Last month’s Amtrak derailment, which killed eight passengers and injured more than 200, has put a spotlight on what many call an underfunded and outdated rail system. Yet despite the accident, Congress voted June 9 under intense public scrutiny to cut Amtrak’s funding by $242 million. Proponents have justified the cuts with studies that show Amtrak’s long-distance routes to be hemorrhaging money—about $600 million—while shorter, more local routes are generating $357 million in profits. In addition to pushing for the planned cuts, some members of Congress have suggested cutting several long-distance routes altogether.

Although the federal government seems to look unfavorably upon funding rail transportation, the same is not always true at the state level. California Governor Jerry Brown, for example, has sought to facilitate the creation of a high-speed rail system to connect the state’s two nuclei, Los Angeles and the San Francisco Bay Area. The California high-speed rail would cover the 383-mile distance in less than three hours for an estimated cost of $86 dollars per person, making it one of the world’s most affordable high-speed rails.

In addition to better connecting the state, bullet trains could also alleviate California’s congestion and pollution. In the American Lung Association’s “State of the Air” ranking of the most polluted American cities, California cities took the top 5 spots in all three categories (ozone, short-term, and year-round pollution). Environmentally friendly high-speed rails could offer relief.

However, the rail system is hardly without critics. Seemingly every step of the building process has proved highly controversial, and none has attracted more attention than the rapidly spiraling budget. When California voters initially approved the rail system, the Rail Authority’s estimated price tag was $34 billion; the estimate has now doubled to $68 billion. Non-government estimates have even climbed as high as $117 billion, more than three times the voter-approved budget. Other issues abound. Residents living in the San Fernando Valley have held up the building process by refusing to sell their land—an extremely foreseeable and inexplicably overlooked stumbling block. Environmental activists have also delayed construction, aggressively denouncing the rail system for requiring development in previously undeveloped areas of the state. The legal costs have caused the project’s separate planning budget to increase by 12% and have pushed back construction by two years. Even more troublingly, California lawmakers have actually scaled back oversight, requiring builders to give spending reports once every two years rather than twice every year as originally planned. Still, progress continues. Construction crews have finally begun work on the system that was first approved six years ago, aiming for a 2029 opening date.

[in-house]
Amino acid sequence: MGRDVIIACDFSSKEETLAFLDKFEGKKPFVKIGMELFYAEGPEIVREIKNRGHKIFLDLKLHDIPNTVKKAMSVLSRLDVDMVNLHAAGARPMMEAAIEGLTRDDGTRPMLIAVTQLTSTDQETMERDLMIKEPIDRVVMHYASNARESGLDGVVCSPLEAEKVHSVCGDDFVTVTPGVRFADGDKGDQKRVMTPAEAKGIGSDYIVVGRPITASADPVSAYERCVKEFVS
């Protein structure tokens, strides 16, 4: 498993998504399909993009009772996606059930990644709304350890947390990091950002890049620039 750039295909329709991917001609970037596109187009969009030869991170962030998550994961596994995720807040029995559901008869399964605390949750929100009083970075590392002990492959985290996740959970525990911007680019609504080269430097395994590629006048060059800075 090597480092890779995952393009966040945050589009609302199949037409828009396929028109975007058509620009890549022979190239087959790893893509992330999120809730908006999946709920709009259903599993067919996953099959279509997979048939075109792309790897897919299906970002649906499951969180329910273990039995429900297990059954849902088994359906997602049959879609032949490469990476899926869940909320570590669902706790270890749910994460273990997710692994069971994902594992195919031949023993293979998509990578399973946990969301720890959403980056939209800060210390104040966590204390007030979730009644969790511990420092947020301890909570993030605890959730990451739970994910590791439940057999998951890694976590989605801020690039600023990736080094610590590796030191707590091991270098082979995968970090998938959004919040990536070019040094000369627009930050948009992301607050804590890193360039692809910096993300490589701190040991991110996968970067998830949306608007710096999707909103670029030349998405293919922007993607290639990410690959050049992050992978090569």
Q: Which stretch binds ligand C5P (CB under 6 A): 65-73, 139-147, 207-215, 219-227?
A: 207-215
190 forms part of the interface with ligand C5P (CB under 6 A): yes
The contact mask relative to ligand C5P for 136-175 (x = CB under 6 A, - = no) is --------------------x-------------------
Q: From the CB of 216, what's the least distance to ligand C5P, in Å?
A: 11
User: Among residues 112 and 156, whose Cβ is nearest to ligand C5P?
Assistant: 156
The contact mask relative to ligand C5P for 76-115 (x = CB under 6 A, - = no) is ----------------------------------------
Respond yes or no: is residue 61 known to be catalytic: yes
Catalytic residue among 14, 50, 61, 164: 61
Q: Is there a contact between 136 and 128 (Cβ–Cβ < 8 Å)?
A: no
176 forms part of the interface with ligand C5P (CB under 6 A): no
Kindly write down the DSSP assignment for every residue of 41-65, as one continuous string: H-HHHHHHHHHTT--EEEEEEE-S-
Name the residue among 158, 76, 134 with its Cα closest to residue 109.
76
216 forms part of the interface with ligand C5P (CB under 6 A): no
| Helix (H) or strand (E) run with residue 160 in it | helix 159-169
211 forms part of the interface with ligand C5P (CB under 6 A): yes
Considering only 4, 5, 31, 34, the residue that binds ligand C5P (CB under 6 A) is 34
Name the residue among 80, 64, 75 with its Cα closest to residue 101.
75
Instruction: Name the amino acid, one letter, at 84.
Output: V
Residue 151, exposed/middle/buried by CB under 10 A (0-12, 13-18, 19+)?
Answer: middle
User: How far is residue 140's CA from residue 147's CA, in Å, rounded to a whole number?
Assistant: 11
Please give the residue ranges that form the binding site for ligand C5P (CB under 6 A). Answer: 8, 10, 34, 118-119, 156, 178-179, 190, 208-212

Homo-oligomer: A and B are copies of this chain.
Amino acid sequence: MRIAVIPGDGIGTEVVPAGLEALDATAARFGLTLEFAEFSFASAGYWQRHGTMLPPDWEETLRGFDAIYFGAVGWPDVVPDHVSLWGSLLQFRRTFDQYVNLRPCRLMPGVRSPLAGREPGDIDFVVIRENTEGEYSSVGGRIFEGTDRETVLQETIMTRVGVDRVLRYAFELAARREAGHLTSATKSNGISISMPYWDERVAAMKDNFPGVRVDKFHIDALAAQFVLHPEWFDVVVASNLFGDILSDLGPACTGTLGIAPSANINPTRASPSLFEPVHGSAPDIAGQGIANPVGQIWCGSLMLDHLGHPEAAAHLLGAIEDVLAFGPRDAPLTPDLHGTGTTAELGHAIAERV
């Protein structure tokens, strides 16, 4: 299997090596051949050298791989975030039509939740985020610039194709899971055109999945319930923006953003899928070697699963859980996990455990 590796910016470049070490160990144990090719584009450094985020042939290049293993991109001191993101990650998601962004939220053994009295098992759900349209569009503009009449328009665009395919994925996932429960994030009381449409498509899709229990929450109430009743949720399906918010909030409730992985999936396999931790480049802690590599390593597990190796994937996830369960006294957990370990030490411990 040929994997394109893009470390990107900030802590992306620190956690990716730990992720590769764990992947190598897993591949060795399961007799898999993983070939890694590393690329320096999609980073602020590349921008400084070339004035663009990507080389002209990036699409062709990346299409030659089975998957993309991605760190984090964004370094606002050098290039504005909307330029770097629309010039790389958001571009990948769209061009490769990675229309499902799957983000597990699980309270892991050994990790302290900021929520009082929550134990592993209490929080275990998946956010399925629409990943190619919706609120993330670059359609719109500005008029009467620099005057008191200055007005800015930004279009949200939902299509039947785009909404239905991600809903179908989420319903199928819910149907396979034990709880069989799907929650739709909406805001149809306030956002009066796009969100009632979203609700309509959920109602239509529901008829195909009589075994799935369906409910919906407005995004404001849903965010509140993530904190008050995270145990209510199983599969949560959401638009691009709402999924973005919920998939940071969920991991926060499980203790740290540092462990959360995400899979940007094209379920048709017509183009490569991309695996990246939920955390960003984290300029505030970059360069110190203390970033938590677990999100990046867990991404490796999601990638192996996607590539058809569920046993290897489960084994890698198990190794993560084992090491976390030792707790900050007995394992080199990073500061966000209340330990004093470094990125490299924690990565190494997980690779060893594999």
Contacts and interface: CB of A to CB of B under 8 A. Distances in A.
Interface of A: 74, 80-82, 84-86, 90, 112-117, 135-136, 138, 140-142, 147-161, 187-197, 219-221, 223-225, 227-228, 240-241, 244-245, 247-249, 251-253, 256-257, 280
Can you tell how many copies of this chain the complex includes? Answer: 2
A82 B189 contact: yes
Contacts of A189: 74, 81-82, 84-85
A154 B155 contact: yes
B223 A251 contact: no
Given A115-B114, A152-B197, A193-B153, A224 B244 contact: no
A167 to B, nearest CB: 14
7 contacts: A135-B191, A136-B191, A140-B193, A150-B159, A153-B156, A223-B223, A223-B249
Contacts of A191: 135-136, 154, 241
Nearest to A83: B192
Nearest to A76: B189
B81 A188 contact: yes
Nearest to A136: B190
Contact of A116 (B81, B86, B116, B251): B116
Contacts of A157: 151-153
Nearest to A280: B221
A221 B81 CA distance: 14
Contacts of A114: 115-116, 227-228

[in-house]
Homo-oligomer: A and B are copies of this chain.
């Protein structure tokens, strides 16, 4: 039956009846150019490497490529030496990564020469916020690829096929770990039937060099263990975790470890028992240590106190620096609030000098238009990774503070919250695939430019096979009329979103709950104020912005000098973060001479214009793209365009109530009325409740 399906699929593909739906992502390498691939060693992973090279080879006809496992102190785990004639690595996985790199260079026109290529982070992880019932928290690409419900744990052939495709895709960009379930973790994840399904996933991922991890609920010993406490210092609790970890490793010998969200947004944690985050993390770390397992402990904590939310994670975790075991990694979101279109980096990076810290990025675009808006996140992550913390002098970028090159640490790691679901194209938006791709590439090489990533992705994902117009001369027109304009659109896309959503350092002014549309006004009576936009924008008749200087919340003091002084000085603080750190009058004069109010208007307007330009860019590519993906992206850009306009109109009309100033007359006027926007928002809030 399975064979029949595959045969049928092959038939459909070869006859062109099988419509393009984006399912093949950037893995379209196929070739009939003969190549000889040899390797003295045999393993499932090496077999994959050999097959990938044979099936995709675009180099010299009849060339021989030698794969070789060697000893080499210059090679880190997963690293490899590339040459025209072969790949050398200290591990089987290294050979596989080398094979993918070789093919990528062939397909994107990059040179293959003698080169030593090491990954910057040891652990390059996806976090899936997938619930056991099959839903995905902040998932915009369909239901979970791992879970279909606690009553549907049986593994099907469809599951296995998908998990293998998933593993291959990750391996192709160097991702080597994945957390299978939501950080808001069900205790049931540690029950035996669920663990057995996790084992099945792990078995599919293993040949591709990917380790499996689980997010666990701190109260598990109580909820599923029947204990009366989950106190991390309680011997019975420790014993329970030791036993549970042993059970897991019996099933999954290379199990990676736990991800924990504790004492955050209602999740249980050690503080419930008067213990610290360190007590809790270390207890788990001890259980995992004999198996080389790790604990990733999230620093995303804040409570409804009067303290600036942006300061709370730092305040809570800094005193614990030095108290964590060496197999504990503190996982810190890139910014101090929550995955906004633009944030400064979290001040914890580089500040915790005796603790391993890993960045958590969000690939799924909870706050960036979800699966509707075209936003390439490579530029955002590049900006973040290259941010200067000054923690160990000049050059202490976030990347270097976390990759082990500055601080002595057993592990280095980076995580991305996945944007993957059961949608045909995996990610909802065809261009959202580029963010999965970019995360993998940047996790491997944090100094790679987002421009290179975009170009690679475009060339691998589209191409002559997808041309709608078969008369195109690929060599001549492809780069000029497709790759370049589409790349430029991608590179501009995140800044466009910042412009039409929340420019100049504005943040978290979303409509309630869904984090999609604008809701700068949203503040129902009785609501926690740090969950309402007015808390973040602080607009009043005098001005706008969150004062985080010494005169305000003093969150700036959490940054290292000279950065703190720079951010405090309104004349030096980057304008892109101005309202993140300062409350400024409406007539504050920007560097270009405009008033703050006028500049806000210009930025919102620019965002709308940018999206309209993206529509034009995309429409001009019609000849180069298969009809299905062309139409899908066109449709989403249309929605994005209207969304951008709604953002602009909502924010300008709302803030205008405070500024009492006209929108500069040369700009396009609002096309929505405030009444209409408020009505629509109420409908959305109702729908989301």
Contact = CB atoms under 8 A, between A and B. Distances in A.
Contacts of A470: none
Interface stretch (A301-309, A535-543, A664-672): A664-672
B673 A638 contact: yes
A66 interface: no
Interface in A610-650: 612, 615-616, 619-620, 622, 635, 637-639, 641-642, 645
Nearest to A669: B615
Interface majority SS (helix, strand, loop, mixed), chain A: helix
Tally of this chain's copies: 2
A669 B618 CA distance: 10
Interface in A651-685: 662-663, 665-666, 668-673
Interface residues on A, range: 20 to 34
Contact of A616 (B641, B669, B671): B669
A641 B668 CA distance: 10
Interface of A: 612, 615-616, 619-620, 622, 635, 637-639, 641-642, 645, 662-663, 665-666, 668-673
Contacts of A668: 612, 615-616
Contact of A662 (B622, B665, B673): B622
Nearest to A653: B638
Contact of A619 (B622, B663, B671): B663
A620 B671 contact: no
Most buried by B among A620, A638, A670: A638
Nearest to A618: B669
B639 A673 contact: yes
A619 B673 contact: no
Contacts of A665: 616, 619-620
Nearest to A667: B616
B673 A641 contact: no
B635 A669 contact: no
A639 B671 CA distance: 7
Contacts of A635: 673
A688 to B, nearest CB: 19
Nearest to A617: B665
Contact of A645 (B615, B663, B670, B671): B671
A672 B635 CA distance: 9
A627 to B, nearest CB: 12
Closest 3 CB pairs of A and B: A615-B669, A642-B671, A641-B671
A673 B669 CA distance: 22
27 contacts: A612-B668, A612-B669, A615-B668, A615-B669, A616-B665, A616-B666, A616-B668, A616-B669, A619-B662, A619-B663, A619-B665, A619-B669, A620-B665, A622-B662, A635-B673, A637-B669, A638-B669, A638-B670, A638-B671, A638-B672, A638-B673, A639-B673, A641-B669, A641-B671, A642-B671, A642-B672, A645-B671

There are reasons to hope: Japan, the ultimate success story in high-speed rails, offers a testament to the feasibility of the technology. But what can the federal government learn from California? For now, it is unclear whether the project’s difficulties point to the current undesirability of high-speed rails in the United States or merely the incompetent planning of an overburdened state government.

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